If you happily belong to your designated community and are satisfied to live by its religious laws, then your life will be a contented one.

However, if you reject some of the traditional tenets of your faith, such as Christians who believe in divorce or Muslims who believe in equal inheritance rights for men and women, then life may prove difficult.

Women, who are discriminated against by pretty much every religion and sect, are particularly vulnerable when disputes arise, such as Christian women battling husbands who have converted to Islam for custody of their children.

In addition, if you belong to an unrecognised religious minority, such as Bahais, Hindus or Buddhists, then you may have trouble practising your faith.

Now if you don’t believe in God, you are still stuck with the religious label attached to you at birth, and face the risk of prosecution or even persecution in some countries.

Fortunately, in Egypt, there is no law against atheism and atheists are coming out of the closet, despite piecemeal attempts at repression. Syria once allowed complete freedom of belief, including atheism, though it severely restricted political expression. At the other end of the scale, in Saudi Arabia, atheism is classified as “terrorism”, despite the huge underground atheist movement there.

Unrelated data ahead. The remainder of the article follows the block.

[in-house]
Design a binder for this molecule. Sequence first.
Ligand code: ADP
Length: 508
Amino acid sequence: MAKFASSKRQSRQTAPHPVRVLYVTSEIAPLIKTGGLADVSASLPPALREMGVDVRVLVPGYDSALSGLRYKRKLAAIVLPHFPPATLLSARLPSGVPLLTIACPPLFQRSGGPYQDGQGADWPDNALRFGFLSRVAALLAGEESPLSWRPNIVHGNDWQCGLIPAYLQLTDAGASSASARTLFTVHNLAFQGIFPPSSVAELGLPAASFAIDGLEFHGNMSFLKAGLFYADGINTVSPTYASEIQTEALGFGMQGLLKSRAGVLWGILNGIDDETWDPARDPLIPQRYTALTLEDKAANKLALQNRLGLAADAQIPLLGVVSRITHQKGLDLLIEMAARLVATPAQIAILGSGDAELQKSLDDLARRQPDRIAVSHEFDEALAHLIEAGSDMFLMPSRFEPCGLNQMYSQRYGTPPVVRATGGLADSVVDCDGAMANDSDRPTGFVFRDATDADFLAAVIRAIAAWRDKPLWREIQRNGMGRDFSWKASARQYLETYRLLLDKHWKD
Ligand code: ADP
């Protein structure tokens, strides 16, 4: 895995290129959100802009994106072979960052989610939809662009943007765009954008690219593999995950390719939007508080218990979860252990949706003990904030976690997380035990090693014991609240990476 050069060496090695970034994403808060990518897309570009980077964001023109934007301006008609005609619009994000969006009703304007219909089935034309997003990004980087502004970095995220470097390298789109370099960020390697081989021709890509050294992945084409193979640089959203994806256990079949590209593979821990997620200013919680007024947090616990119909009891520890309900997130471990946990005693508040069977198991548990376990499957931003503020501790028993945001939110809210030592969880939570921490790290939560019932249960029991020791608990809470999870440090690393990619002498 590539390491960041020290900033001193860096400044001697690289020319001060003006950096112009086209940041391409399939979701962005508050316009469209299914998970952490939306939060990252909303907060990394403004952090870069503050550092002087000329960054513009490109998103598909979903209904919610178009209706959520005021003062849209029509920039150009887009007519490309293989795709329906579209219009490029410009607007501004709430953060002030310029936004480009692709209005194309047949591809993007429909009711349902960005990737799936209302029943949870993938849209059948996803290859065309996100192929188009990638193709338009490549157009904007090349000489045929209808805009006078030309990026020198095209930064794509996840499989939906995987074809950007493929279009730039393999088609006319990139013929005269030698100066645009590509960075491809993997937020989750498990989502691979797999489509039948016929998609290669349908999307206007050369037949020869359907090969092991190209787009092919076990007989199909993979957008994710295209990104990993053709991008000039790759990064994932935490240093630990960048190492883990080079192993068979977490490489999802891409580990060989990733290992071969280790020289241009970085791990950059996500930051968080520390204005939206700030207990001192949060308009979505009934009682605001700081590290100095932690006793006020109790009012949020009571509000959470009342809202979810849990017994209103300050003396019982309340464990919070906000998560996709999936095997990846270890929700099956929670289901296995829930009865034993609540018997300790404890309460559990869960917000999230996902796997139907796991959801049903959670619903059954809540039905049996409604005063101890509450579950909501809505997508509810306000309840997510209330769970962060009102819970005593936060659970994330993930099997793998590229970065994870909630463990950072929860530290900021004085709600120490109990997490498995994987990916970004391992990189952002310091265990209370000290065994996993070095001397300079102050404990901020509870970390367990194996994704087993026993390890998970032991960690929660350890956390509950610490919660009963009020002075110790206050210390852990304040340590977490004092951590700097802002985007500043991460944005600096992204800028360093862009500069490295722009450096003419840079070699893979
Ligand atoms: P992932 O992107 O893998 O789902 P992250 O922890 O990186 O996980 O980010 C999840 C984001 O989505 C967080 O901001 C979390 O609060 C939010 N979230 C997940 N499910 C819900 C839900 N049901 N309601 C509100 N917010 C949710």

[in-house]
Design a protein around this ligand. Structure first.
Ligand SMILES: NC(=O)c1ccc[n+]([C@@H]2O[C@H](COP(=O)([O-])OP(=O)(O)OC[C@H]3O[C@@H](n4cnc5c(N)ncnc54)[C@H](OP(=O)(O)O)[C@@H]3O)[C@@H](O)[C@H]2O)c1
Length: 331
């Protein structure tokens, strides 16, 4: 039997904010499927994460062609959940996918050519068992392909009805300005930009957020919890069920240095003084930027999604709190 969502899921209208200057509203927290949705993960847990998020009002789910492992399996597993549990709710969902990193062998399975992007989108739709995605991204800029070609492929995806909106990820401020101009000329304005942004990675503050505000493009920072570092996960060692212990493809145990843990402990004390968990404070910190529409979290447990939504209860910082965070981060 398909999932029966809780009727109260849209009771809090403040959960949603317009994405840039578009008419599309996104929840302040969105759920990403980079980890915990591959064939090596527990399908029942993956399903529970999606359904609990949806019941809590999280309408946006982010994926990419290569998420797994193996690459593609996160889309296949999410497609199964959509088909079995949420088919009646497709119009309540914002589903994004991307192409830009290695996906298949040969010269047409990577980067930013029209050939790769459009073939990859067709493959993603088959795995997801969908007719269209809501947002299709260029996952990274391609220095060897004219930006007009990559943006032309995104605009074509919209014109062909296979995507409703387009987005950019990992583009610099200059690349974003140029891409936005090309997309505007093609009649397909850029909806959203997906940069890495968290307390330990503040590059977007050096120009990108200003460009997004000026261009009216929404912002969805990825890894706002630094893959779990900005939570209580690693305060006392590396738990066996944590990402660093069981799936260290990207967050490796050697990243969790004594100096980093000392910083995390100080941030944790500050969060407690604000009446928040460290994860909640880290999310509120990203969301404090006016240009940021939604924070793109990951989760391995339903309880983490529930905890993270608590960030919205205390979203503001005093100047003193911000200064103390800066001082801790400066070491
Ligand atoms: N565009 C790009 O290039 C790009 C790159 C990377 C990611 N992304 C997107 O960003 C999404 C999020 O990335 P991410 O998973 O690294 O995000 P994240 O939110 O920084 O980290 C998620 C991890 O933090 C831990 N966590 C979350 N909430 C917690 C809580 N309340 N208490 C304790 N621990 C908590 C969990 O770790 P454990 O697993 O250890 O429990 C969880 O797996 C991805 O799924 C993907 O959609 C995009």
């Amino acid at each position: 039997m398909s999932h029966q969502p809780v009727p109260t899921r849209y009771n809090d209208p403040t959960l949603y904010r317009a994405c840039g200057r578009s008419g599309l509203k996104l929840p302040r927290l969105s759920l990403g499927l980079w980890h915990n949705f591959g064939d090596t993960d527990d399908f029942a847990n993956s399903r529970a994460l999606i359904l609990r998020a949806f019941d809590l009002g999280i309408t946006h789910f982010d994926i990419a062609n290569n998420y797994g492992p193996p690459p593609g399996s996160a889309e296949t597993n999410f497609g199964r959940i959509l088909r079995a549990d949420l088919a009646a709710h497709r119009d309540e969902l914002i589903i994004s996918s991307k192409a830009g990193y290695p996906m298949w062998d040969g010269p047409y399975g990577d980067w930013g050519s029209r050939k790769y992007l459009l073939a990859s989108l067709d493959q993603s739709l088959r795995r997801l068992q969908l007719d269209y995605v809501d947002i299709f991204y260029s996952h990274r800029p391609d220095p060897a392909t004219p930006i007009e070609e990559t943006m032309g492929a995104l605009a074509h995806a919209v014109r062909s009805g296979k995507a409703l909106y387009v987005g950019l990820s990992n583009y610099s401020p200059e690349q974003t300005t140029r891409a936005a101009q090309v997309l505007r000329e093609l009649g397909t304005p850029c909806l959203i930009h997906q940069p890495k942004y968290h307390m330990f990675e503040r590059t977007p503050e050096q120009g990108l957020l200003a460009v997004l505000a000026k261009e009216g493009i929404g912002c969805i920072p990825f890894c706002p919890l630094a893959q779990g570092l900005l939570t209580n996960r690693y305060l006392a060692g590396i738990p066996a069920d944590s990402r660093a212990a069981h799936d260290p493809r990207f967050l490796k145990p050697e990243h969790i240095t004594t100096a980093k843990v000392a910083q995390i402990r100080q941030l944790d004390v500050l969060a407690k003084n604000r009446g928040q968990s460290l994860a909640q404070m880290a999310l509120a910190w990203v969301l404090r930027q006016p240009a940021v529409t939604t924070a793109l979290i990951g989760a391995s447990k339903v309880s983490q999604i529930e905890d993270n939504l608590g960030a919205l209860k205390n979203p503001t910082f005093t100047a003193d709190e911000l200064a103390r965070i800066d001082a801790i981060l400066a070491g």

One curious effect of the millet system was that three neighbours and friends – for example, a Muslim, a Christian and a Jew – living in, say, Cairo might have shared the same language, culture and social reference points, yet they officially belonged to different “nations”.

Conversely, Christians, Muslims and Jews from opposing ends of the empire, who would not be able to comprehend each other’s speech and even culture, would have been members of the same “nation”.

In its early days, this system was workable in a vast and diverse empire confident in its variety, but in the contemporary, embattled nation-states of the region the modern vestiges of the millet system have proved an obstacle to forging a common national identity.

No matter how much nationalists insist that God is for the individual and the nation is for everyone, the confessional courts, even if they only deal with personal and family law, suggest otherwise, particularly in the minds of religious conservatives and radicals.

I would hazard to say that the religious and sectarian strife we are witnessing in the Middle East is, in part, down to these divisions. This is because defining a person’s religion and sect from birth, and providing them with differential treatment because of it, leads to social rigidity, identity politics and the difficulty in forming hybrid identities.